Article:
FORT WORTH, Texas -- Racing in Saturday's Firestone 550K is three-time Indianapolis 500 winner and "Dancing with the Stars" heartthrob Helio Castroneves. Also participating is two-time Indy champ Dario Franchitti, the magnificently coiffed husband of actress Ashley Judd.
Yet which driver's face adorns the large promotional banner welcoming race fans into Texas Motor Speedway? Well, of course, none other than the driver who bears her skin in skimpy magazine spreads and revs up those racy spots for GoDaddy.com. The one who even sexes up antifreeze: "People often ask what it takes to get under my hood ..." begins the TV spot for Peak.
Yes, Danica Patrick, as sultry as she wants to be, remains the face of the IndyCar Series. She's no pushover on the track -- although in her sixth season on the circuit she's claimed only a single victory -- but the flaunted femininity of the 5-foot Patrick is what has made her the most visible and viable driver in this testosterone-fueled sport.
That's why a seductive glare from Patrick, and not a smiling Castroneves or Franchitti, last week's Indy 500 winner, greets fans on the welcome banner.
"She's the most recognizable name in the field and that's pretty good company to keep when you're talking about people like Helio and Dario and Tony Kanaan and on and on," TMS president Eddie Gossage said. "I've got to be honest, I thought that the Danica-mania thing was over a couple years ago and she was just another driver -- albeit a driver that has been in Victory Lane. But when she went to NASCAR and ran some with them, it just reignited the whole thing again, and the flame's bigger than it's ever been. Does she need to put some points on the board? Yeah, she does, but I think she knows that."
Patrick will start in Row 4 for Saturday night's race at TMS after posting the eighth-fastest time during Friday's qualifying. She enters the IndyCar Series' second-biggest race sitting in 12th place in the points standings. She finished sixth last week at Indy, which was one of her better races after a rough start to the season that essentially has already removed her from contention for the series championship.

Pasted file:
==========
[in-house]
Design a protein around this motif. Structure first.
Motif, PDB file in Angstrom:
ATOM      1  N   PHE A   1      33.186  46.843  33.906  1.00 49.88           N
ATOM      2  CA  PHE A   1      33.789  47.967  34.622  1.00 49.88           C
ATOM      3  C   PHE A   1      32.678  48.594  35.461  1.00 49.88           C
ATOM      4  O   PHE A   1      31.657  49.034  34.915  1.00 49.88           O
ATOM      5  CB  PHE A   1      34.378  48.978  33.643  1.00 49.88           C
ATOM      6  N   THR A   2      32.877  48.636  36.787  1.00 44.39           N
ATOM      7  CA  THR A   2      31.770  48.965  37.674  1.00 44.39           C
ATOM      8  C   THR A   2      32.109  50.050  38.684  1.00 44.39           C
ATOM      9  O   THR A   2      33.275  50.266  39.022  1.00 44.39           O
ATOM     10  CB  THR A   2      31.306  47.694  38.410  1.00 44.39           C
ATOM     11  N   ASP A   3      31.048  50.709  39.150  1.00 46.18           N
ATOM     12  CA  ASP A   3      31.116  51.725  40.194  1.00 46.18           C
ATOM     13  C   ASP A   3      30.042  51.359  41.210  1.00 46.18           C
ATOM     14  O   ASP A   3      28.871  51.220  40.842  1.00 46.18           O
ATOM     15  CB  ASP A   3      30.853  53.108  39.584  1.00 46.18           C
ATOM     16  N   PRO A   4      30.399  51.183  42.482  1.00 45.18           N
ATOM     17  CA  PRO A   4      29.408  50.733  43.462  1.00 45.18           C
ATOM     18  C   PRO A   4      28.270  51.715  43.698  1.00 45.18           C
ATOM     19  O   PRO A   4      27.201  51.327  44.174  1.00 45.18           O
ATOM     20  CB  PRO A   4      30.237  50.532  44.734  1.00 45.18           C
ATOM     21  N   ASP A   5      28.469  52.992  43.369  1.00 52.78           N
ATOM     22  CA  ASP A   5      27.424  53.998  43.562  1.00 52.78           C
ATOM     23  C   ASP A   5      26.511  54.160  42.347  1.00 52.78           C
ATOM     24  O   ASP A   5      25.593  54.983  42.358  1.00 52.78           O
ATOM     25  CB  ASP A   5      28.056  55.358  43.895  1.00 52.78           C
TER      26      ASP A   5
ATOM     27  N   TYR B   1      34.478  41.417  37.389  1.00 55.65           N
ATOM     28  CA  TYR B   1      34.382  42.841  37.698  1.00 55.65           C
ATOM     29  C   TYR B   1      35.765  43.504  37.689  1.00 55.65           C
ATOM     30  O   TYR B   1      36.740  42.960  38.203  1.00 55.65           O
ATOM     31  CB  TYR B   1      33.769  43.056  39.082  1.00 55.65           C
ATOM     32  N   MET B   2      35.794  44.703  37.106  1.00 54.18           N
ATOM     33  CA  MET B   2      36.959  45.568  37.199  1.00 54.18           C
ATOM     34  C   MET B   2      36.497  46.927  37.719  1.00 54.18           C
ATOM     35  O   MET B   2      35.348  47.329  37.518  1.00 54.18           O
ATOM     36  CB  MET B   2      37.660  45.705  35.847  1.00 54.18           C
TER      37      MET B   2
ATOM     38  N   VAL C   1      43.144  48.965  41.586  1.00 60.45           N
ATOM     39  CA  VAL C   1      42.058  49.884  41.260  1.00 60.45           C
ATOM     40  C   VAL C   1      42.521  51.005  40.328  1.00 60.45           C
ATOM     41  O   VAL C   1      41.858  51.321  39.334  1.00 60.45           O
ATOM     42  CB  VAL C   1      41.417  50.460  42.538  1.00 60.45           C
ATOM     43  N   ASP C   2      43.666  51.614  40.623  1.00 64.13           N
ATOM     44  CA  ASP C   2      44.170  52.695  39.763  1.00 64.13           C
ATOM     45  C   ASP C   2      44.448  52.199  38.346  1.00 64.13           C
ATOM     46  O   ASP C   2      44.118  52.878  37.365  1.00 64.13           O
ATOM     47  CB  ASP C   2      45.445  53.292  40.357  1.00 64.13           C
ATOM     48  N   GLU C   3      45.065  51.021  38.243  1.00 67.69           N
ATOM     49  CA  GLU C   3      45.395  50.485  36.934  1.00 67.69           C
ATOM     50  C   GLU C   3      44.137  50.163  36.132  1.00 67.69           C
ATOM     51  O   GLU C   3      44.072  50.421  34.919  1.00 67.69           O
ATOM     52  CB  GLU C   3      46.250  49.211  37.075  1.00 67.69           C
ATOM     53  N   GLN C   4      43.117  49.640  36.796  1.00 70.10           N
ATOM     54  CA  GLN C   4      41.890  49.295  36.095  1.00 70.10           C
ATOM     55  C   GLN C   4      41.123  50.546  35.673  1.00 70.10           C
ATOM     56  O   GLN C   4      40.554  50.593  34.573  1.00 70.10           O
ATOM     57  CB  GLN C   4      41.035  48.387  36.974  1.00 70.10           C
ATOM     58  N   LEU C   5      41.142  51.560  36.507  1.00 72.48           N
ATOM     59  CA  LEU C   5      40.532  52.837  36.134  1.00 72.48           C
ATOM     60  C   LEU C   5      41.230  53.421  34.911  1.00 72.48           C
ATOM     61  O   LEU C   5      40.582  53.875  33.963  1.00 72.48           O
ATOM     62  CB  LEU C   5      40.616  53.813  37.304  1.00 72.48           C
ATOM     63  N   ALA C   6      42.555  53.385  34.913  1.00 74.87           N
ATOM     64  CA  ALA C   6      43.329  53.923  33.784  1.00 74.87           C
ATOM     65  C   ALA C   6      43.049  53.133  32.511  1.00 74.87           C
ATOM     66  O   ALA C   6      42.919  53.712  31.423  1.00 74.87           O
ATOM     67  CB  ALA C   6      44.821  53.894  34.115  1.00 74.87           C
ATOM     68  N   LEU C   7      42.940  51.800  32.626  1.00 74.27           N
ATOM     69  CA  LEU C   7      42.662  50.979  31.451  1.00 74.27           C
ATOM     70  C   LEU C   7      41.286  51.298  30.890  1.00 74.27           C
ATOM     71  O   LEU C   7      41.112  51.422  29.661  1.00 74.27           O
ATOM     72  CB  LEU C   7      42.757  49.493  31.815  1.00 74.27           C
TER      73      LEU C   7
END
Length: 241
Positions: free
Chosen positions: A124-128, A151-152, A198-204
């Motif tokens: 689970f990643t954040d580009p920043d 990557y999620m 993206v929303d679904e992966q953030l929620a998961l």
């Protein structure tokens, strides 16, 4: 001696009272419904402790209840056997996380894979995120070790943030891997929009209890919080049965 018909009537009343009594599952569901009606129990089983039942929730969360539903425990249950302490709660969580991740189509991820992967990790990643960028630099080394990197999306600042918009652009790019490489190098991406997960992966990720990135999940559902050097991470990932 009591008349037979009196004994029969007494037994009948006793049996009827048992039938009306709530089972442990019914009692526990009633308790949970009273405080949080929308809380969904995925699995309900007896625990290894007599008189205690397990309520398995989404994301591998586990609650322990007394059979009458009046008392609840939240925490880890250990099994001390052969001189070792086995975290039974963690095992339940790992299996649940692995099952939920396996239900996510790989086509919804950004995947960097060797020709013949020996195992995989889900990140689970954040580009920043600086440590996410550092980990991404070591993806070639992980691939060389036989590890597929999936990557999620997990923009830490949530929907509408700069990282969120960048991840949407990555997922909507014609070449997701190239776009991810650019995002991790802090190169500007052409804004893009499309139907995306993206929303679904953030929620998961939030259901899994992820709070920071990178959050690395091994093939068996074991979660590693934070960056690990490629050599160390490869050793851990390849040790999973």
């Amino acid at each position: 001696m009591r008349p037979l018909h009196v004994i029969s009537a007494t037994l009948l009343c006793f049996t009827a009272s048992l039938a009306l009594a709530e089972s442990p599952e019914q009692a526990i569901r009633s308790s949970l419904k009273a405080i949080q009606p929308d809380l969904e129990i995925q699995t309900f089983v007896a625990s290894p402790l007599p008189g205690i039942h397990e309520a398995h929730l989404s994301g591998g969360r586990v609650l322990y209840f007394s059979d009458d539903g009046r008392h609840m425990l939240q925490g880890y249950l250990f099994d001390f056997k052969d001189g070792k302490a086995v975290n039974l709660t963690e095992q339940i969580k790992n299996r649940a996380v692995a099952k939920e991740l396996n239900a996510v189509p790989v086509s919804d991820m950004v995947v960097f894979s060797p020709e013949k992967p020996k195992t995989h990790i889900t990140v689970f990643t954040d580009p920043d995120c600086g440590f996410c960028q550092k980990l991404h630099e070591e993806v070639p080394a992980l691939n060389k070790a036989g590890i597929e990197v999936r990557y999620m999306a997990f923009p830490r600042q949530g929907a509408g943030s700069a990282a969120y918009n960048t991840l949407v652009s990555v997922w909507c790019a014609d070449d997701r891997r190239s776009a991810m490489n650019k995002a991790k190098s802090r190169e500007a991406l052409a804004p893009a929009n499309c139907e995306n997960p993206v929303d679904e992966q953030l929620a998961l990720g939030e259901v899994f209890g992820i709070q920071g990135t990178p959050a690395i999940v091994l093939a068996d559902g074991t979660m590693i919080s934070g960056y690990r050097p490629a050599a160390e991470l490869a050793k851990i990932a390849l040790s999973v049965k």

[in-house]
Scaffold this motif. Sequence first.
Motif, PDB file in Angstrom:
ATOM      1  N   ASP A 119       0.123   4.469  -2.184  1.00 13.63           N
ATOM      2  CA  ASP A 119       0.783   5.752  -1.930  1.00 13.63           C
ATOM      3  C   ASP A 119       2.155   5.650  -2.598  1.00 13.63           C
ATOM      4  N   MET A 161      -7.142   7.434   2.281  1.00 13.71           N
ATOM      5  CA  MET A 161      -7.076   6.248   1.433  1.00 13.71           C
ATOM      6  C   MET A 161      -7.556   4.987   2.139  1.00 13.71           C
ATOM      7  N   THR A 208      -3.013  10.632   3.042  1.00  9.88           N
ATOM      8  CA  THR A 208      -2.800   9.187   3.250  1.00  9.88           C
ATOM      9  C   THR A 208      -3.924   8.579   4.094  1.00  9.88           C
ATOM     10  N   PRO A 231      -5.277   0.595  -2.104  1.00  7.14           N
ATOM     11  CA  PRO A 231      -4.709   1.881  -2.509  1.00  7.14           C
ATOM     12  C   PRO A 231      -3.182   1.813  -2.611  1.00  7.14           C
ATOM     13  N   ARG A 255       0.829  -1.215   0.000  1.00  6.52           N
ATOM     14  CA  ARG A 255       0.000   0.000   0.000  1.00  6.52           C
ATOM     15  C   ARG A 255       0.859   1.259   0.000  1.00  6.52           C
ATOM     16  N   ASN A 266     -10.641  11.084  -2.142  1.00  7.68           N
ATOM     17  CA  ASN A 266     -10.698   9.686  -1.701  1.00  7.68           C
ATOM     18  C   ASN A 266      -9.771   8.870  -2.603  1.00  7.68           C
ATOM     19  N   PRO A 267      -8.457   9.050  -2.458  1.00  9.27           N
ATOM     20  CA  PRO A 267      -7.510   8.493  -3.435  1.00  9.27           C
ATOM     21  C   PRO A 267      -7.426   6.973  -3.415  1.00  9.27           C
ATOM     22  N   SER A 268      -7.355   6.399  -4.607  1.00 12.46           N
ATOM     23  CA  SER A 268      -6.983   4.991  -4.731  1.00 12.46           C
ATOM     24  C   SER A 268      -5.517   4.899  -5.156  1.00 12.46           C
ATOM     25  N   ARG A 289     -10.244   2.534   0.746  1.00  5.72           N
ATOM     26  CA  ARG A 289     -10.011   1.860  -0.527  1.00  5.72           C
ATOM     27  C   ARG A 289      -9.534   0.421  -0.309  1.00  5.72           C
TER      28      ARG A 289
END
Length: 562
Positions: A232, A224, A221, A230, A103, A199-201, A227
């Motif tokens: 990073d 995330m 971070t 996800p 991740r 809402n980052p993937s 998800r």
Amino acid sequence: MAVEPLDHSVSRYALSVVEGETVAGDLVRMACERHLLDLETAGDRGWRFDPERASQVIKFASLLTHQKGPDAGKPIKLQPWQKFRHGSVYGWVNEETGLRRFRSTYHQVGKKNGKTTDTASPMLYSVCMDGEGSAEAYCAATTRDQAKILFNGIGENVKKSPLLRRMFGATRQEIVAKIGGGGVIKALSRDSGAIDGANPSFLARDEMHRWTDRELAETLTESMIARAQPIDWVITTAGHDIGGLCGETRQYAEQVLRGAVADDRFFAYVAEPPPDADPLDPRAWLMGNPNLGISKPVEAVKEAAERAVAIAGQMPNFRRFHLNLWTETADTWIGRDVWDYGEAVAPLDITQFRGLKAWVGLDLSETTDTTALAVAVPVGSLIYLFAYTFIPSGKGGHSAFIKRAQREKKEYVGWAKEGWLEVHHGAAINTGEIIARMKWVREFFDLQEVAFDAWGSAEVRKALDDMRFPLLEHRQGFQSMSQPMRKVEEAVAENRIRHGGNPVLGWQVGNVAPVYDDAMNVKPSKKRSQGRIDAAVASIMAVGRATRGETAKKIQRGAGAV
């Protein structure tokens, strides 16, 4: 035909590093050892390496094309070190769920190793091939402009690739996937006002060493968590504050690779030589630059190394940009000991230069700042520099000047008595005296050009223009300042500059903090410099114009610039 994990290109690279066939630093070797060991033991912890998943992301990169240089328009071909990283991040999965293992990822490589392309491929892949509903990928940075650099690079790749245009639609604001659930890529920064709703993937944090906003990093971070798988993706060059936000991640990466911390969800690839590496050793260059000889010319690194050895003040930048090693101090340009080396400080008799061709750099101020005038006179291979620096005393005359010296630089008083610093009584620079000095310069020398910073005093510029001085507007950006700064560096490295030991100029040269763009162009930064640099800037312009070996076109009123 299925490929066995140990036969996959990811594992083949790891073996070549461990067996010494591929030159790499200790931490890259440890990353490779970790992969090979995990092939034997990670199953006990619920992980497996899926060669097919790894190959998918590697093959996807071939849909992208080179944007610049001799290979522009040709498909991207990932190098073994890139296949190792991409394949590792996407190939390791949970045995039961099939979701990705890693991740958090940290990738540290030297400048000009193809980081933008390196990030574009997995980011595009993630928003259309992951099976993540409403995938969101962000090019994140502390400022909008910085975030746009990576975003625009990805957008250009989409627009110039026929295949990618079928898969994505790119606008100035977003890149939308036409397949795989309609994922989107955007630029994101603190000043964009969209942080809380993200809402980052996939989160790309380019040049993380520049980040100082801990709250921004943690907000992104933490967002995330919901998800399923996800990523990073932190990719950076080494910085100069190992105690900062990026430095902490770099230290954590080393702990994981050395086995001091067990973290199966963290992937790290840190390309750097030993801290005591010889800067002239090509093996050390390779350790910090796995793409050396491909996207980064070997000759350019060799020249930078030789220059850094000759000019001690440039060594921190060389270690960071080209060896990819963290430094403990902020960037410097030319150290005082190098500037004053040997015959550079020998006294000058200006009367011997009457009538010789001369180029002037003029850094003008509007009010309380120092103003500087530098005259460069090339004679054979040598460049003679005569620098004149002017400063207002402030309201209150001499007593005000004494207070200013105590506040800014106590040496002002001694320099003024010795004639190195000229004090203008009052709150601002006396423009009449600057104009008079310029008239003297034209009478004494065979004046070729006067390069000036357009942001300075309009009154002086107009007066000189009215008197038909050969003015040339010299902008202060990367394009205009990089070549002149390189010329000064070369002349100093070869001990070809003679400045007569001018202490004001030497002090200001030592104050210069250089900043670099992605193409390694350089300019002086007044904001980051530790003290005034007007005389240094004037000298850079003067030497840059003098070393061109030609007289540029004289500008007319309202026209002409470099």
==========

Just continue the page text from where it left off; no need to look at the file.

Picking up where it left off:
Soon she will begin hopping between IndyCar and NASCAR, where she's dipping her toes in the Nationwide Series for the first time. In three Nationwide Series races so far, her average starting position is 29.3 and her average finish is 34.0.
She's scheduled to make her NASCAR debut at TMS in November. While Patrick will again be a publicity draw driving in the far more popular series, it's doubtful her face will adorn any welcome banner when Jimmie Johnson, Dale Earnhardt Jr. and the boys come thundering into town.
"I'm excited. I've had a really great fan reaction, especially last night [in Dallas] at the autograph session. I signed a lot of stock cars," Patrick said. "I think that the fans are excited to see me race here, which is always a nice feeling. Hopefully it will be a good race for us. It's been a lot of fun and I think at times that I could have had some good results, some top-10s."
Of course, there are those who snicker at Patrick's move to NASCAR, believing it's an obvious avenue to expand her visibility and popularity without actually winning on the track. But that's not something anyone says publicly, just as IndyCar drivers stunt their resentment of Patrick's popularity to private whispers.
"I knew when we did that [put Patrick on the welcome banner]," Gossage said, "people would say, 'Ah there you go, featuring her.'"
Patrick can be harsh, rude and abrasive when dealing with fellow drivers, the media and even her own crew -- she was lustily booed at Indy after she blamed her crew for her poor qualifying run over the public address system. She is the master of her domain and a free sprit -- such as choosing to promote her softer side away from the track.
She's also an ambassador of sorts. Patrick isn't the original pioneer, but her four top-10 finishes in the points standings the past four years have helped to legitimize female drivers. Four of the 26 cars in Saturday's race will be piloted by women -- not that Patrick necessarily seems eager to share a spotlight she's marketed so well.
"Anybody who can do the job and put on a good show for the fans," Patrick said, "deserves to be there."
Sarah Fisher has raced since 1999 and is the team owner. But since Patrick's explosion into the sport, former model Milka Duno has competed since 2007 with only limited success, and attractive, 21-year-old Swiss rookie Simona de Silvestro already has one top-10 finish in seven races this season.
"I think why in Indy cars there are so many women is because Danica did a good job," de Silvestro said. "She was always [racing] up front, in the last couple of years. I think she opened the door for us. Because she did so well in this category, I think they are a little more open to it. If we can prove to be up front all the time, it will open more doors."
For now there's only one Danica -- a bulldog on the track, a kitty cat off it, and all the while the undeniable face of IndyCar.
Jeff Caplan covers motorsports for ESPNDallas.com. You can follow him on Twitter.